Mesa will be denser with single family homes and suburban apartment complexes but not with mid and high-rise apartments and dwellings. I question why First Solar did not pick a spot along the light rail's industrial section; past 12th St. and before Priest Drive. This is prime location and great transportation abounds; from bus, to rail, to the airport, etc. My only thought is that because the area is prime, it is more expensive. In the future, as the solar industry continues to expand let's hope Phoenix gets itself into the game. So far Tempe and Phoenix aren't really marketing the "Discovery Triangle" plan:


This is a little off topic but I thought it was especially interesting given the current situation in Arizona: According to National Geographic (April 2011) racial and ethnic intermarriages are growing in the U.S.

The two groups marrying most often are Whites and Hispanics. White/Hispanic marriage is almost 4 times more common than any other "intermarriage" category like Whites/Blacks, Whites/Asians, Hispanic/Blacks, etc etc.

Also the White bride/Hispanic groom and Hispanic bride/Whites groom categories are split almost in half with 53% of the couples being White bride/Hispanic Groom. I found this interesting because in almost every other category the "disparity" is almost one-side. With Whites and Asians, 74% are White groom/Asian bride and for Whites and Blacks, it is 75% White bride/Black groom. For some reason I find this fascinating.

Looking into the data deeper, Arizona is one state leading the way with White/Hispanic marriages in the U.S. Maybe the Kooks' days are numbered and not just because the "purely" Hispanic population is growing but because the cultures are intertwining more than ever before?

It is true I had many crushes on the barrio girls when I was a medic, especially Marti and Diana. Oh, I wander. The Kooks grow more extreme because of these demographic trends. And Mexican-Americans and those in Anglo-Hispanic unions must VOTE. Then we hope they vote their interest and not follow the Thomas Frank syndrome, aka "What's the Matter with Kansas."



The wonky liberal Matt Yglesias isn't seeing the demographic shift I've been ineffectually praying for the past decade or so. Or, maybe it's going to take longer than we thought. At any rate, Thomas Frank might retitle his book What's the Matter with America.

Malthus guys Malthus covered this problem over a hundred years ago. I contributed to the 6.8 billion problems but only with one child not 13. At 70 years of age I am standing in front of religious institutions passing out condoms for Southwest Biodiversity whom I give $$ to for their programs. Last year they were the only environmental group to actively address population. I think this is another great piece Jon and I am glad you finally got around to what I see as “the problem.” Humans! Too many Humans! I quoted someone recently in a prior blog, “it’s not a matter of humans going to other planets it’s a matter of when.” But who will those humans be and will it be before earthlings implode. It appeared to me in the 50’s that the world was working it’s self towards economic city-states ran by financial barons. I think we are on course. Guys like Gates are giving millions to cure aids? How about his millions going to reduce population. Gas and wars. As previously I can’t remember a war I would have volunteered for and I am seventy, and a life-long fiscal Republican. Iraq and Afghanistan are absolute financial failures for the American taxpayers. Unless you’re Dick Cheney. Regarding the “dense” in Mesa and density, look to Utah for the pattern. A not so densely populated place where most have deep wells and huge basements full of food ready for the apocalypse. I don’t know how this digressed off into Anglos and Hispanics but I can help out. Working the field as very young “Gringo Pata Salada” in the 50’s I couldn’t help but fall in love with all those sweet young girls as they picked the grapes and plucked the lettuce and pulled the carrots. And of course just to up Jon one, there was Dorthea, Maria, Tilly, Glorina and then my favorite whose nick name was Changa. She was one wiry, lithe bitiful Moreno chica. It’s was a daily struggle fighting with the Pachucos for mi novia’s amor. OK got to go but must add, I hear you Soleri and you say it very well.Where's AZ REBEL did the pasties get him?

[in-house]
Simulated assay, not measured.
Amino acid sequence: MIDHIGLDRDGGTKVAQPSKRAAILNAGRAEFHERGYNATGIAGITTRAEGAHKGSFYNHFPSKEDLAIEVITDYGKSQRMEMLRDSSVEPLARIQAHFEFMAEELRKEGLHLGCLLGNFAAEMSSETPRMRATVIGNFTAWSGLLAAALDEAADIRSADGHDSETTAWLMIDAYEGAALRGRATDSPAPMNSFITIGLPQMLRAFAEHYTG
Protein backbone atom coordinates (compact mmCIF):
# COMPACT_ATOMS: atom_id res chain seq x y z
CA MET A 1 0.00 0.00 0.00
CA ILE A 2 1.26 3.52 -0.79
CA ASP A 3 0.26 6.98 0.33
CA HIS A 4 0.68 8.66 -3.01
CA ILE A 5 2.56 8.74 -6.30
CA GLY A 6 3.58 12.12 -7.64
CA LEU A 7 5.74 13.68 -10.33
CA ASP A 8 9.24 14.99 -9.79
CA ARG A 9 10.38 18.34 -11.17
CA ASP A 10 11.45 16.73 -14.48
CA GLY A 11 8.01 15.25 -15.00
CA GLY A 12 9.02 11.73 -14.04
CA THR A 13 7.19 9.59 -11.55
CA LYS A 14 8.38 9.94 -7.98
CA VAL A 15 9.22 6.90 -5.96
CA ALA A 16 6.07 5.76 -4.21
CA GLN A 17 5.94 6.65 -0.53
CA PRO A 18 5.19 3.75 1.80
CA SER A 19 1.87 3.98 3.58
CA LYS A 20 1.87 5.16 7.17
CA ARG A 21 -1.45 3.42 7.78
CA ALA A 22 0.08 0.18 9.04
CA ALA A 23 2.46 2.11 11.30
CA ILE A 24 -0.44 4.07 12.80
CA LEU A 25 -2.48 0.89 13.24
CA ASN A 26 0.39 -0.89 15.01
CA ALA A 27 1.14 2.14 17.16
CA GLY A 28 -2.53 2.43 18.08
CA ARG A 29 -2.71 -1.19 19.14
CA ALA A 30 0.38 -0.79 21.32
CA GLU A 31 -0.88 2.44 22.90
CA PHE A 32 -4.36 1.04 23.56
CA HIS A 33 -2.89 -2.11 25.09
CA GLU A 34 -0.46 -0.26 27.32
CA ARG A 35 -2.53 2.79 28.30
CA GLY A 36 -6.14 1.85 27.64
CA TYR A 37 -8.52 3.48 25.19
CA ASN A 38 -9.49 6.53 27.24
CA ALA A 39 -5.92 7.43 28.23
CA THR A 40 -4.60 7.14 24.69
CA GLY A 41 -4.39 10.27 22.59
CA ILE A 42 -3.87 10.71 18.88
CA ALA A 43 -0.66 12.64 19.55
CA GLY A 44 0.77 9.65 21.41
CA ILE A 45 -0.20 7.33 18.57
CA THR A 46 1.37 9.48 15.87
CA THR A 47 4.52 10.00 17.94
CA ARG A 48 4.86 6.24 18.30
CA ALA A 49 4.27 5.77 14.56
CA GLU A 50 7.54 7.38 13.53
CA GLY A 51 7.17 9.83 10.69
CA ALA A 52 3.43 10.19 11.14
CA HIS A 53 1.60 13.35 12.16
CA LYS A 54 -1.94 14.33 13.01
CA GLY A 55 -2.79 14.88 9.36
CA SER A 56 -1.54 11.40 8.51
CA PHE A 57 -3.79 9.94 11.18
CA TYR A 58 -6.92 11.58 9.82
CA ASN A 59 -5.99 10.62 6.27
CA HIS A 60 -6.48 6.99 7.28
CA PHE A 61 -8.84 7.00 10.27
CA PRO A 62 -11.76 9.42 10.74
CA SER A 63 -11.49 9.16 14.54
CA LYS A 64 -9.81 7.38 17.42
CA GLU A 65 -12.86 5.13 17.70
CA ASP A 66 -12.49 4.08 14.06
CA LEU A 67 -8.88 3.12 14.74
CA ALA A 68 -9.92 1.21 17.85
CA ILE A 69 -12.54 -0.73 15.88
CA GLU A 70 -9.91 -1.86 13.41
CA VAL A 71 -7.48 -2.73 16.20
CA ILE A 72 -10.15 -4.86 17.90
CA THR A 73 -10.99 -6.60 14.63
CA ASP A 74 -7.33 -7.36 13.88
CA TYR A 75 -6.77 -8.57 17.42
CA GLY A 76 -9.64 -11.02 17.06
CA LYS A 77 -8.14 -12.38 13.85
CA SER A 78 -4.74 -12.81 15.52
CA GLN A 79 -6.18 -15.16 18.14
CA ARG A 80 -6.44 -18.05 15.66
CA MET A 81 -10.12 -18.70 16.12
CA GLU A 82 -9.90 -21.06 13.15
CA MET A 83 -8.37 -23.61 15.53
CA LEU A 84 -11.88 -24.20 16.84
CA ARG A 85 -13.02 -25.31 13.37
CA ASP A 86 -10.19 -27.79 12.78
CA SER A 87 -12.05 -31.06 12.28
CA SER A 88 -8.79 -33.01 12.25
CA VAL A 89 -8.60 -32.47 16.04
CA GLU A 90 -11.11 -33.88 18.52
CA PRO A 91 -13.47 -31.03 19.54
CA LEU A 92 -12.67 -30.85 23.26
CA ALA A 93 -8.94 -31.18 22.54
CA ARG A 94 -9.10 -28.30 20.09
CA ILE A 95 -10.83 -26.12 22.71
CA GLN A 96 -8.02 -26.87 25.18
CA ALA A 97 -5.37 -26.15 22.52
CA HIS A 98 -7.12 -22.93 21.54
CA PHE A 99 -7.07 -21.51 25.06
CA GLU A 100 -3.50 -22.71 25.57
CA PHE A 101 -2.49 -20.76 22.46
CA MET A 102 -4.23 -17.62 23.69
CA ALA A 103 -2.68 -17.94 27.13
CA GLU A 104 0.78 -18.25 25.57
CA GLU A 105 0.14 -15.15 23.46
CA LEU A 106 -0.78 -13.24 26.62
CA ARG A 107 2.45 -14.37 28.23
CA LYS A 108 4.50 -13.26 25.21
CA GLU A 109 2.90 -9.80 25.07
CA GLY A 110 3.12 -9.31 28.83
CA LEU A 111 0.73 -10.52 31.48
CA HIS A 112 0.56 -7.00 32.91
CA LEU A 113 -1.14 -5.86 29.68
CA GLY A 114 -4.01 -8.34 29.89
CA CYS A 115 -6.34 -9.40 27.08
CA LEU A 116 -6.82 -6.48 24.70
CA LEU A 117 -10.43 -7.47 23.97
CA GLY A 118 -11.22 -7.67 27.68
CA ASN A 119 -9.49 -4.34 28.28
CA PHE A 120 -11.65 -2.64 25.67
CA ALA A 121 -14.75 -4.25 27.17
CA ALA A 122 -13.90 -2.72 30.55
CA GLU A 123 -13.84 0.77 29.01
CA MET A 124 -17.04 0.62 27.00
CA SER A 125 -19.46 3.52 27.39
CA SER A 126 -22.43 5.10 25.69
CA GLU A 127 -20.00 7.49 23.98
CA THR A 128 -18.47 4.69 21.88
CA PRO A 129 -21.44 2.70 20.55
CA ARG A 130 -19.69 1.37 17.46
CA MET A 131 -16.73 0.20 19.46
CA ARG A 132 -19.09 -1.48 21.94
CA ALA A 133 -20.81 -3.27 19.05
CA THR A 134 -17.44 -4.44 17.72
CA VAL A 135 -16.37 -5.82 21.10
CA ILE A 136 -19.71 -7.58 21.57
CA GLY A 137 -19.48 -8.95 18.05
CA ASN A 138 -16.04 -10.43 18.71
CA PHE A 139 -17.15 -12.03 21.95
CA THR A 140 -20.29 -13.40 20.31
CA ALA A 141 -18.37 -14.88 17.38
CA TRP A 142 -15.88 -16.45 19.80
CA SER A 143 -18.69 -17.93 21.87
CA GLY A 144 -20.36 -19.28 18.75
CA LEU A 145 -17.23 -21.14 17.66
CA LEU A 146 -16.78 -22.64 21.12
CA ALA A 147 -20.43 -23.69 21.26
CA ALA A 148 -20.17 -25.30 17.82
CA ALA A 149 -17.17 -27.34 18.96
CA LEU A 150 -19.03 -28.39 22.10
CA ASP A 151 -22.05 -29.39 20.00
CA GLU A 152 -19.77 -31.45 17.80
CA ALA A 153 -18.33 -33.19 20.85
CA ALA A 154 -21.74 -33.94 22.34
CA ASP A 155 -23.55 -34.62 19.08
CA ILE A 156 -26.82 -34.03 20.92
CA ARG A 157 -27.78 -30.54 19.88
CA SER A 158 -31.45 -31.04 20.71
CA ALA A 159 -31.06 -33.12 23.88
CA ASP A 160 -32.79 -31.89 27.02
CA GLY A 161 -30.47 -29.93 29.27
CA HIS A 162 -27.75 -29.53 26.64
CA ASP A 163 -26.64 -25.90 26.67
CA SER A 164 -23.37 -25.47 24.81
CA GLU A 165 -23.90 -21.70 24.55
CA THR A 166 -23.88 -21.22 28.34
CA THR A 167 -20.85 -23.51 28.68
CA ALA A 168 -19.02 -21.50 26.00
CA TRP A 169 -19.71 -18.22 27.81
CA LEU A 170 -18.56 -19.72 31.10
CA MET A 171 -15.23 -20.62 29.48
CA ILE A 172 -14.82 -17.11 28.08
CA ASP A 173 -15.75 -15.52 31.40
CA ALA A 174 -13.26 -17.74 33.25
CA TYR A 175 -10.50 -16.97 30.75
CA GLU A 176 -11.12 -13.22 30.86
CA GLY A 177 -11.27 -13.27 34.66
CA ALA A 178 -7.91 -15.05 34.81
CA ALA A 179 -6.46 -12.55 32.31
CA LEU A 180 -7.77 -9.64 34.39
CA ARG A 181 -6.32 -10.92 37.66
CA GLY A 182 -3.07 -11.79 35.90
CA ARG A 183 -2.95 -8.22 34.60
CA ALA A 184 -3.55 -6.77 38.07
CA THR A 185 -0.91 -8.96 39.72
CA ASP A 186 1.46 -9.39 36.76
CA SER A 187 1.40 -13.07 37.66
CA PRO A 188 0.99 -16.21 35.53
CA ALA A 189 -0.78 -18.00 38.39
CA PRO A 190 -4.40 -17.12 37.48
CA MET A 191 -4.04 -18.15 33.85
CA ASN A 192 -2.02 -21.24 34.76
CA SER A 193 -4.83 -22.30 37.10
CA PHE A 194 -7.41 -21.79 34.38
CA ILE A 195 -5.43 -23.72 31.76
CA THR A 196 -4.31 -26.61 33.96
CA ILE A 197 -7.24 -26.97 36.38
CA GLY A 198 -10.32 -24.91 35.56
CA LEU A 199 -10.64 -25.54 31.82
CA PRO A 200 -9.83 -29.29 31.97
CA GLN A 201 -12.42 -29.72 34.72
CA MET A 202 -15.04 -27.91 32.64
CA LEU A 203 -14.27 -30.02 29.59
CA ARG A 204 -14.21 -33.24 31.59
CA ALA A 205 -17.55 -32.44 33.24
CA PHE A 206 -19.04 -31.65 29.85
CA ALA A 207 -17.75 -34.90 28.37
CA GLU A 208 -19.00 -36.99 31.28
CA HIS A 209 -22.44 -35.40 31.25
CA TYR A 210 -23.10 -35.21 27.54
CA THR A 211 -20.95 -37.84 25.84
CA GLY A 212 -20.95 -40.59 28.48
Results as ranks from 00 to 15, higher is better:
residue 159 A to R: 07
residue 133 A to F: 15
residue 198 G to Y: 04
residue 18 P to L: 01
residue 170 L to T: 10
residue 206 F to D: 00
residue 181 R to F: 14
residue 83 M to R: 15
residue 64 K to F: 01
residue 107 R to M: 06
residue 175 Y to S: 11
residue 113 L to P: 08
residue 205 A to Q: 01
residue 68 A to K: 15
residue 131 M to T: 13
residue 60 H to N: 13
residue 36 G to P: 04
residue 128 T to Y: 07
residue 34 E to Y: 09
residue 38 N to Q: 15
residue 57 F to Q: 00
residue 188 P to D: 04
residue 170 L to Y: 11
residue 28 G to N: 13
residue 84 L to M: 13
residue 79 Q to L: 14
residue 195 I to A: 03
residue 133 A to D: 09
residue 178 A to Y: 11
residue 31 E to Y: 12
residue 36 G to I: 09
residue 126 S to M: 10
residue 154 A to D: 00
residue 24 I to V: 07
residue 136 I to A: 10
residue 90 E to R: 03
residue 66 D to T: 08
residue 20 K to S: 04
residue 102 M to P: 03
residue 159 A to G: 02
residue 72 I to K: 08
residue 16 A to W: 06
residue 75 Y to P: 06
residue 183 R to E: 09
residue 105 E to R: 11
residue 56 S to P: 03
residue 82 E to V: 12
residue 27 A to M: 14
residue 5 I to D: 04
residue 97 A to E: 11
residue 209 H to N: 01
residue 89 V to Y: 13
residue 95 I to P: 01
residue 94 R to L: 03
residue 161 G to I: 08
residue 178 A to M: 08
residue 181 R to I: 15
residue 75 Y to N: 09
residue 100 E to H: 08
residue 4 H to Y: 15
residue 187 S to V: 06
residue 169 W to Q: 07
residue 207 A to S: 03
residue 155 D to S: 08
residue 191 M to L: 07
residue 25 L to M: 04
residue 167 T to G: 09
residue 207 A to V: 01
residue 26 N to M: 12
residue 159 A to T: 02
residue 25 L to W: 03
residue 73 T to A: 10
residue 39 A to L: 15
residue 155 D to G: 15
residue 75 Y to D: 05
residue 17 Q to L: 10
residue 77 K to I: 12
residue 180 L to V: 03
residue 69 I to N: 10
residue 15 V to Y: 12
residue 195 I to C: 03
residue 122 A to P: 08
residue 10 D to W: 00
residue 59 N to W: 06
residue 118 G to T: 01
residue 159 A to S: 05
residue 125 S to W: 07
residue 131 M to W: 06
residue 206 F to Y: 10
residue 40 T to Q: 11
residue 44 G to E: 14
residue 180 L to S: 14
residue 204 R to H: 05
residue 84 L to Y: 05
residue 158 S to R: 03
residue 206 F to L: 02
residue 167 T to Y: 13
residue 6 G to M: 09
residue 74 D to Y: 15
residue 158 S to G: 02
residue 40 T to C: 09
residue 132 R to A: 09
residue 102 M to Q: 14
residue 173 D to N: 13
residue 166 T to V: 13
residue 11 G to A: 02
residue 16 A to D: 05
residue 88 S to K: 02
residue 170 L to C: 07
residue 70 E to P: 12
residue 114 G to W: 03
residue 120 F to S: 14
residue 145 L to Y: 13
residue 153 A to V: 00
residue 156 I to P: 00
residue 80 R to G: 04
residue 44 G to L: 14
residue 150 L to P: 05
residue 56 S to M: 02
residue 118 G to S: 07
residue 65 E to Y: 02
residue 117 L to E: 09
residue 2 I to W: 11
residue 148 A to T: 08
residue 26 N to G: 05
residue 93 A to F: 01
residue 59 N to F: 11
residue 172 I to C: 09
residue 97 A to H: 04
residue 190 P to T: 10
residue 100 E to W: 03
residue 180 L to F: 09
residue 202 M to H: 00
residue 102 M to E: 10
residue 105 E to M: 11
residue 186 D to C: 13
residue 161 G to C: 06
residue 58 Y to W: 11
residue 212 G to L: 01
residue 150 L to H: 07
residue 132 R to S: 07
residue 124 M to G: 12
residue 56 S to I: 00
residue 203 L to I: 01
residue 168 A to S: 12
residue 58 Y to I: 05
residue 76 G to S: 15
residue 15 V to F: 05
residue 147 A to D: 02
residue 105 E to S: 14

I am back from my morning nap. On the Great Disruption, for you optimists out thar, like phxsunfan I am currently reading "What Technology Wants" by the Wired guy Kevin Kelly. For U pessimists like me, I am also reading at the same time "Earth" by Bill Mckibben author of "The End Of Nature."

Another small step in the right direction for Phoenix/Tucson intercity rail:

"In The Public Interest: Arizona on Track for Passenger Rail

On Friday, for the first time, Arizona's State Transportation Board approved a state rail plan which includes connecting the major metropolitan areas of Phoenix and Tucson by passenger rail. In a state known for its reliance on single-occupant vehicles and its lack of good public transportation, this is a crucial step forward for providing Arizonans with better transportation options."


There will be a meeting at Phoenix Union Station this Monday (March 21). Here is a link with contact info and the what, when, who, and gist of it all if anyone else is interested.


Why not Nogales to Flag as I proposed back in 58?